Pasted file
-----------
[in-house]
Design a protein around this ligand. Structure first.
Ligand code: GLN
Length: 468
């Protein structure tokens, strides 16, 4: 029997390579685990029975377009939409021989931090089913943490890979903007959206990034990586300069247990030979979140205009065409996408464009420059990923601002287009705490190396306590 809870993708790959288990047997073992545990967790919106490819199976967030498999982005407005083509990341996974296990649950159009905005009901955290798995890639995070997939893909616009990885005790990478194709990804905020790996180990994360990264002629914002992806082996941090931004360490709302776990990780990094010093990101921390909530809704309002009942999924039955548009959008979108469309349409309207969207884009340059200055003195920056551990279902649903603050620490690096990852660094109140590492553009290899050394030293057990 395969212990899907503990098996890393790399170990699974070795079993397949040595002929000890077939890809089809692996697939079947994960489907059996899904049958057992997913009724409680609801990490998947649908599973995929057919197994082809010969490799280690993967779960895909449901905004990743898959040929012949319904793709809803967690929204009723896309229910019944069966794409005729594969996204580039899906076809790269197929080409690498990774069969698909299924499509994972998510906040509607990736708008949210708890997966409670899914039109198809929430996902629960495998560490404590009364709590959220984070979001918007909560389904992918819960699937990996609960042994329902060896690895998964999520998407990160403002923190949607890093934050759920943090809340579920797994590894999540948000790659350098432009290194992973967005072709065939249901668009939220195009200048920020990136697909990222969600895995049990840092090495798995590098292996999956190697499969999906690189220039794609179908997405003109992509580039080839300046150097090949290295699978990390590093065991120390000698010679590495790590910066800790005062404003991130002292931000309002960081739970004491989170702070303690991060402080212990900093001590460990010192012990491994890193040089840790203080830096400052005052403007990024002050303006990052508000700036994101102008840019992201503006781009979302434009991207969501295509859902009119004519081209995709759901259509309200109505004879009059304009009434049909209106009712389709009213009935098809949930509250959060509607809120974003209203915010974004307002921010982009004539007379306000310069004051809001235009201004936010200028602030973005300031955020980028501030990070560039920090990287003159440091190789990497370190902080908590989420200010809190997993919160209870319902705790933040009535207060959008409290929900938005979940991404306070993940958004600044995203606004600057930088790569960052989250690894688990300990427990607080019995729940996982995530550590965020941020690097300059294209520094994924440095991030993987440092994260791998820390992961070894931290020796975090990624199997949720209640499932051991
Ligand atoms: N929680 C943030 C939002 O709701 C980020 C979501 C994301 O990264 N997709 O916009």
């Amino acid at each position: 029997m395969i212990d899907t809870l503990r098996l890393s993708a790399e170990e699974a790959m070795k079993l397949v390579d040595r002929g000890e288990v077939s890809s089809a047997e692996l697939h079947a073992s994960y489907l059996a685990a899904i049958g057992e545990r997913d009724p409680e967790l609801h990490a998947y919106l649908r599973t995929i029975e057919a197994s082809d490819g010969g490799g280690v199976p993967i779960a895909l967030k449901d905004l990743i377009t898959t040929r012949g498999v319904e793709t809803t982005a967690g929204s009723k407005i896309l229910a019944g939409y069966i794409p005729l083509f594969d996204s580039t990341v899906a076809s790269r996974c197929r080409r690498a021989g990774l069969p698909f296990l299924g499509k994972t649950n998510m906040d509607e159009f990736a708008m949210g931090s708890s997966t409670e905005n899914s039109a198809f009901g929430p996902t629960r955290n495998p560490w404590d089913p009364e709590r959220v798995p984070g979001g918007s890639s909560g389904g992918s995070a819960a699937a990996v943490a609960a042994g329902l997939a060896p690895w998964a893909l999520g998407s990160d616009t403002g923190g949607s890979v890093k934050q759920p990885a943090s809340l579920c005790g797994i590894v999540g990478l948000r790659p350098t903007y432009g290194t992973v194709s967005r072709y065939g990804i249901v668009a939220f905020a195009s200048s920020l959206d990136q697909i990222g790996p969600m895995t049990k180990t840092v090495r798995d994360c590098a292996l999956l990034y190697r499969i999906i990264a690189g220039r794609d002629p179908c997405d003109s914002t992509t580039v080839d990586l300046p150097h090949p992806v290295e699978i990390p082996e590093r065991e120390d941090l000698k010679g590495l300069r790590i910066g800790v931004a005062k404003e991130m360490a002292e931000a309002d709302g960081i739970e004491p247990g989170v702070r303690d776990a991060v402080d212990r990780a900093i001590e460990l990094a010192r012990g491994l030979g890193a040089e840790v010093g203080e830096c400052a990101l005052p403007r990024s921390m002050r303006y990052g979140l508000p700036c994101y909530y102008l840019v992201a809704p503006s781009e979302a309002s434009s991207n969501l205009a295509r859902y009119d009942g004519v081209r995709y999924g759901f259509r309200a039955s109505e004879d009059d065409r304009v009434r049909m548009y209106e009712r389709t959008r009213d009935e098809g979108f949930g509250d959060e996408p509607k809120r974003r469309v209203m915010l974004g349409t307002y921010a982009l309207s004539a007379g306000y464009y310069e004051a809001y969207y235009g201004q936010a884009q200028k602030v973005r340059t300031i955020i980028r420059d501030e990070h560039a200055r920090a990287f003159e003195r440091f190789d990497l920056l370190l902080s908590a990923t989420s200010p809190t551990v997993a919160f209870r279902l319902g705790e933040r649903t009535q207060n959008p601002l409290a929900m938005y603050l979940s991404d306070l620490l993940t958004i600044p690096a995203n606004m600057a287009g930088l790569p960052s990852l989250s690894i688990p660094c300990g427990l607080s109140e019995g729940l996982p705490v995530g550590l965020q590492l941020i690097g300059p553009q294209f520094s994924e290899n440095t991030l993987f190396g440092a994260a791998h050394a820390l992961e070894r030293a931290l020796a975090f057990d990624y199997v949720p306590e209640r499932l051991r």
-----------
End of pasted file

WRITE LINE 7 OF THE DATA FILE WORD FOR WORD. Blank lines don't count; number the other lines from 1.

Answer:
């Amino acid at each position: 029997m395969i212990d899907t809870l503990r098996l890393s993708a790399e170990e699974a790959m070795k079993l397949v390579d040595r002929g000890e288990v077939s890809s089809a047997e692996l697939h079947a073992s994960y489907l059996a685990a899904i049958g057992e545990r997913d009724p409680e967790l609801h990490a998947y919106l649908r599973t995929i029975e057919a197994s082809d490819g010969g490799g280690v199976p993967i779960a895909l967030k449901d905004l990743i377009t898959t040929r012949g498999v319904e793709t809803t982005a967690g929204s009723k407005i896309l229910a019944g939409y069966i794409p005729l083509f594969d996204s580039t990341v899906a076809s790269r996974c197929r080409r690498a021989g990774l069969p698909f296990l299924g499509k994972t649950n998510m906040d509607e159009f990736a708008m949210g931090s708890s997966t409670e905005n899914s039109a198809f009901g929430p996902t629960r955290n495998p560490w404590d089913p009364e709590r959220v798995p984070g979001g918007s890639s909560g389904g992918s995070a819960a699937a990996v943490a609960a042994g329902l997939a060896p690895w998964a893909l999520g998407s990160d616009t403002g923190g949607s890979v890093k934050q759920p990885a943090s809340l579920c005790g797994i590894v999540g990478l948000r790659p350098t903007y432009g290194t992973v194709s967005r072709y065939g990804i249901v668009a939220f905020a195009s200048s920020l959206d990136q697909i990222g790996p969600m895995t049990k180990t840092v090495r798995d994360c590098a292996l999956l990034y190697r499969i999906i990264a690189g220039r794609d002629p179908c997405d003109s914002t992509t580039v080839d990586l300046p150097h090949p992806v290295e699978i990390p082996e590093r065991e120390d941090l000698k010679g590495l300069r790590i910066g800790v931004a005062k404003e991130m360490a002292e931000a309002d709302g960081i739970e004491p247990g989170v702070r303690d776990a991060v402080d212990r990780a900093i001590e460990l990094a010192r012990g491994l030979g890193a040089e840790v010093g203080e830096c400052a990101l005052p403007r990024s921390m002050r303006y990052g979140l508000p700036c994101y909530y102008l840019v992201a809704p503006s781009e979302a309002s434009s991207n969501l205009a295509r859902y009119d009942g004519v081209r995709y999924g759901f259509r309200a039955s109505e004879d009059d065409r304009v009434r049909m548009y209106e009712r389709t959008r009213d009935e098809g979108f949930g509250d959060e996408p509607k809120r974003r469309v209203m915010l974004g349409t307002y921010a982009l309207s004539a007379g306000y464009y310069e004051a809001y969207y235009g201004q936010a884009q200028k602030v973005r340059t300031i955020i980028r420059d501030e990070h560039a200055r920090a990287f003159e003195r440091f190789d990497l920056l370190l902080s908590a990923t989420s200010p809190t551990v997993a919160f209870r279902l319902g705790e933040r649903t009535q207060n959008p601002l409290a929900m938005y603050l979940s991404d306070l620490l993940t958004i600044p690096a995203n606004m600057a287009g930088l790569p960052s990852l989250s690894i688990p660094c300990g427990l607080s109140e019995g729940l996982p705490v995530g550590l965020q590492l941020i690097g300059p553009q294209f520094s994924e290899n440095t991030l993987f190396g440092a994260a791998h050394a820390l992961e070894r030293a931290l020796a975090f057990d990624y199997v949720p306590e209640r499932l051991r």